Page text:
While I was the Engineer on USS Annapolis, Howard Craig was the Weapons Officer. We didn’t always agree on leadership techniques, but we were able to respect each other, and have healthy debates about life subjects. In fact, Clark Scharman (Navigator) and Matt Curitti (Supply Officer) used to join Howard and I in religious debates/discussions during private department head meetings.
Throughout my tour, Howard always said something that stuck with me. “Everyone has something to offer. You just have to figure out what it is.” His point was, make a living doing what you love. In fact, he was constantly pushing me that our horses were what we had to offer, and we should be making money on our passion.
Thanks for the inspiration Weps.
Friends frequently ask us how we do so much on the farm. I usually answer, it’s just what we do. Everyone makes choices in life on how to spend your time. We don’t watch sports. We don’t watch much tv – in fact I think most shows glorify behaviors we are opposed to. We don’t go on big vacations to resorts.
We do go outside every day. So do the kids. We teach our family about responsibility through chores. If the kids want to watch tv or play a video game, they usually have to work for the reward. Our kids understand where the chicken on their plate came from, they know rabbits in the cages, while fun to play with, will eventually be dinner. It doesn’t traumatize them; it educates them.
Don’t get me wrong, I fully support everyone’s choice to live their own lives. In fact, if everyone had farms, we wouldn’t have customers. I’m just explaining our choice.
Don’t ask how we do so much. Look at what you could have done instead.
A couple of years ago, my sister-in-law Rebekah got us thinking about making bread at home. The were buying the wheat berries, grinding the wheat, and baking fresh bread. At the time we thought it was neat, but overly time consuming and cumbersome. Besides, what was wrong with the bread at the store? That was then.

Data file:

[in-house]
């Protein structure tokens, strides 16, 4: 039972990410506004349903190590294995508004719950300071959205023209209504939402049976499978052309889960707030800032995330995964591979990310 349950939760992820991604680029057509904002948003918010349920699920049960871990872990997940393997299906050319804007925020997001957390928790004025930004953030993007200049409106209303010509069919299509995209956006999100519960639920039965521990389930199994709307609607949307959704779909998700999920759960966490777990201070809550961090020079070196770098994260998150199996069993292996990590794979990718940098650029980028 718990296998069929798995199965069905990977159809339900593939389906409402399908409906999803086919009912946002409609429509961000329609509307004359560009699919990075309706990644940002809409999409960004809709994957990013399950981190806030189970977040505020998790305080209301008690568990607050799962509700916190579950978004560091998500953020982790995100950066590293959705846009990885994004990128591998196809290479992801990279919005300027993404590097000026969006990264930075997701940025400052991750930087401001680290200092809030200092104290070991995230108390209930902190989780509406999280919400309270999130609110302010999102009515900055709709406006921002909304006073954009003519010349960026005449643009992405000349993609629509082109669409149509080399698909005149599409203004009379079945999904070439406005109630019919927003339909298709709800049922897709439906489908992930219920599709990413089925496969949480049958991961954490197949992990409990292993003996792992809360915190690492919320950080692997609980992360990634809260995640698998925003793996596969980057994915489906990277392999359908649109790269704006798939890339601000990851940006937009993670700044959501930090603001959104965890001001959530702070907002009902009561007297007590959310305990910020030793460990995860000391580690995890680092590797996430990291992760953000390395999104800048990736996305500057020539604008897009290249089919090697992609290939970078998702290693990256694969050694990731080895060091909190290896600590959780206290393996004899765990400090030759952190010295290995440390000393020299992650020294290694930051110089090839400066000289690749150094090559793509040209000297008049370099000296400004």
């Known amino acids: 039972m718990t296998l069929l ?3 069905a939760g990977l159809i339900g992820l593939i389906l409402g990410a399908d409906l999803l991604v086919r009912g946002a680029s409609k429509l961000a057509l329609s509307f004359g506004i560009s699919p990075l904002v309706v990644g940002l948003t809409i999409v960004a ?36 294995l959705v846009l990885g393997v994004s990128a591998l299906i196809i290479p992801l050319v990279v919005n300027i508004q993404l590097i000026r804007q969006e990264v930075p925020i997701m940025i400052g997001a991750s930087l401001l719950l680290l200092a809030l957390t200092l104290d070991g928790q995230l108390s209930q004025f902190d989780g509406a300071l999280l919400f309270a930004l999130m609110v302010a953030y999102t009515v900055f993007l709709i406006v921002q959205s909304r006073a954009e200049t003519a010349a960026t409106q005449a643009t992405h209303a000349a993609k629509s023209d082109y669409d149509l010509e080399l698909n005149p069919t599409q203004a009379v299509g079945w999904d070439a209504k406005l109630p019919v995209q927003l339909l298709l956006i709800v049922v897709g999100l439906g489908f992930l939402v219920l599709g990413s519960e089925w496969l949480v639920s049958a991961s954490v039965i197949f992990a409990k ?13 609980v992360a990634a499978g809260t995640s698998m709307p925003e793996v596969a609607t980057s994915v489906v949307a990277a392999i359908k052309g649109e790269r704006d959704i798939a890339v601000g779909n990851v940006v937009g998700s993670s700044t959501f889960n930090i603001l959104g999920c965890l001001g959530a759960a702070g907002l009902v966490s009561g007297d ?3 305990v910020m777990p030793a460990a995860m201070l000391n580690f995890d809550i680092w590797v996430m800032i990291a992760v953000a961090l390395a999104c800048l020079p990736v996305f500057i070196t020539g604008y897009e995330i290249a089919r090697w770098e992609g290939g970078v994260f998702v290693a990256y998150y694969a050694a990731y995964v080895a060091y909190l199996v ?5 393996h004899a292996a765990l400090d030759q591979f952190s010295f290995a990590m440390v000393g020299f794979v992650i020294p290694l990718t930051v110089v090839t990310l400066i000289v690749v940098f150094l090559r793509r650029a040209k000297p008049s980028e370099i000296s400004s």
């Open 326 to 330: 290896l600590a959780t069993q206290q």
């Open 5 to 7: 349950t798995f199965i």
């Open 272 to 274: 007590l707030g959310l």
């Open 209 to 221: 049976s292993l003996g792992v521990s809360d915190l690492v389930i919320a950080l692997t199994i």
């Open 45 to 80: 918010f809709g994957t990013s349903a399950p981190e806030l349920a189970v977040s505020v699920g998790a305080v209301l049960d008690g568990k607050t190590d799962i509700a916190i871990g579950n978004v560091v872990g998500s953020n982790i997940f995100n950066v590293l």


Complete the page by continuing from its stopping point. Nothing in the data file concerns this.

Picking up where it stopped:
Now we have containers of red wheat and white wheat berries in the kitchen. Anna grinds the wheat and bakes bread. While she doesn’t bake 100% of our bread needs, she does try to make as much as possible. Last night we had pulled pork sandwiches on fresh buns Anna cooked right before dinner. This morning, we had banana nut muffins (with chocolate chips). Earlier in the week, we had cookies. We are able to control the ingredients, and know exactly what we are feeding our family. Not to mention, fresh bread makes the house smell great and tastes better!
Thanks Rebekah for getting us started!
Thanks Anna for baking!
Amanda stole the dishwashing gloves.
Based on the mild winter, we have decided to start breeding the rabbits. We will be staggering some of the breedings so we don’t have quite so many litters at the same time. The initial breedings are 2 pure Rex does with a Rex buck and a Chinchilla cross doe with a Chinchilla buck. We will sell rabbits as pets or as fryers. Rough estimate of availability will be mid May. Email if you want to make reservations.
While we love to expand the farm, we try to do it on a budget. We have been focusing on recycling materials as much as possible. Why buy new, when you can find it used? Why buy used, if you can recycle something for free? Anna watches freecycle and I watch craigslist. Last weekend, I picked up 28 sheets of 1/2″ OSB for $100 from CL. I have found sources for 55 gal plastic barrels that just need to be washed out. There is a moving company that loves to give me a full truck load of pallets. Using pallets as the base for projects allows me to use the tractor with forks to move things around the farm. If you aren’t picky about paint colors, check the OOPS paint at Lowe’s or Home Depot for $5 gallons of exterior paint.
This 4×6 goat shelter cost me less than $10 which was the paint and 3 new 2x4s that I needed. Everything else was free (except the nails that I already had). This took about 8 hours to build. The entire series of pictures can be seen here:
Here is the main shelter for our goats. It is a 10’x10′ Shelter Logic garage. I made a floor and walls out of recycled pallets.
Finally, goats have to eat hay. Here is a hay feeder that I built using left over pieces of fence panels and a free plastic barrel.
This past weekend marked the first hatch of 2012 chicks on the farm. We have over 20 chicks that survived the hatch. The number isn’t final because some may still hatch and some may not survive. We are continuing to learn about hatching chicks. Right now, we are hatching with the intent to sell the chicks.
We have decided that we need a web page for our farm. It will take a while to transfer all the vision in my head to a computer, but we will get started. I expect most of the blogging will be done by me (Rob) but Anna will probably sit next to me and tell me what to write. Our main intent is to capture life on a modern, family farm. Also, we want to share what we learn to encourage others who want to do the same thing.
Feel free to leave us comments and suggestions.